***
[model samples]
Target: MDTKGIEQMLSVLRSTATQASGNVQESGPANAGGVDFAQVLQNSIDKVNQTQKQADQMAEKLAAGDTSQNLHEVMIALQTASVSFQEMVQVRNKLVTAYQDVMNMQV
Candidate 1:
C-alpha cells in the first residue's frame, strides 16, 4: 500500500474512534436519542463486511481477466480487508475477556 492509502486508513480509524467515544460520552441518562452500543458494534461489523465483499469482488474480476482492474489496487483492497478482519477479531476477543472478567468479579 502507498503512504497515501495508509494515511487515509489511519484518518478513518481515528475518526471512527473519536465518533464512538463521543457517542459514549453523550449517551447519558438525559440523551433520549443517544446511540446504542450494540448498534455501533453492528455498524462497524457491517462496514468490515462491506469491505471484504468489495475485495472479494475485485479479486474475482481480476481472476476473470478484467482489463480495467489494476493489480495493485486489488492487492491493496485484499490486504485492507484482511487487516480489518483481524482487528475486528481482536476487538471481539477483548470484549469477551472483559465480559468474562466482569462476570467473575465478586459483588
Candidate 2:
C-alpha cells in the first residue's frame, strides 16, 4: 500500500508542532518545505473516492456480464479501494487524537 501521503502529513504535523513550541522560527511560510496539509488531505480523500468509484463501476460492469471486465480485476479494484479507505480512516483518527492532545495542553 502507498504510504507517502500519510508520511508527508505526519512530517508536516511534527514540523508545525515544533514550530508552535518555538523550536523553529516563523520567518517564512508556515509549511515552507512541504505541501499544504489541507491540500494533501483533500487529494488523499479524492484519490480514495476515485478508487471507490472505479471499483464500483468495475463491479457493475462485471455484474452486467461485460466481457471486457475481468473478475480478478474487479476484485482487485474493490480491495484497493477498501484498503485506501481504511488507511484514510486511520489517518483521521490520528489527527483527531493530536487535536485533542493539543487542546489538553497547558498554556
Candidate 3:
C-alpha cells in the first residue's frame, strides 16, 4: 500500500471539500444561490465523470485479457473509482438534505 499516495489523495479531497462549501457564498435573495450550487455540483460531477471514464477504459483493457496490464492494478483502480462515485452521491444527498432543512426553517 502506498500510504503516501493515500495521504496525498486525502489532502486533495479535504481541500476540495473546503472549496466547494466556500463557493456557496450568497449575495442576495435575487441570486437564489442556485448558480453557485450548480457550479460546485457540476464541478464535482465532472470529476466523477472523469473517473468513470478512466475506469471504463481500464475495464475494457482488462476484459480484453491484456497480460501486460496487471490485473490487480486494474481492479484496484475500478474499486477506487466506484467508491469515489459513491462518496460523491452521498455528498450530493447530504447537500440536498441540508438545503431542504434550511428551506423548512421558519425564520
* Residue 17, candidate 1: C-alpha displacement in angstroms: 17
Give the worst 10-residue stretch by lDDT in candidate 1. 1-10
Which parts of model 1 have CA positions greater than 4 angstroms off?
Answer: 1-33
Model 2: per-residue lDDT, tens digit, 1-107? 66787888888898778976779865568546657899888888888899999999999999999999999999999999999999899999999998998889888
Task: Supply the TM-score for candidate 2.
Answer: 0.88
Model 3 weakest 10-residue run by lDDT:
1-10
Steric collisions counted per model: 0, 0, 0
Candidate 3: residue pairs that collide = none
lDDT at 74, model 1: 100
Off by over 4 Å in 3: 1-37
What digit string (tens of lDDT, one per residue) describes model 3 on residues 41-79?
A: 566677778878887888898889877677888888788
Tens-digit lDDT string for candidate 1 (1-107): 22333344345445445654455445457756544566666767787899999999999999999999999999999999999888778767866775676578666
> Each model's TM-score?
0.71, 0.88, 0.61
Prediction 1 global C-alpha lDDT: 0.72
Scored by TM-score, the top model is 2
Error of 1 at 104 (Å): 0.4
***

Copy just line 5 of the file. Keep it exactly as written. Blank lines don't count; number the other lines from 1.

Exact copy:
Candidate 2: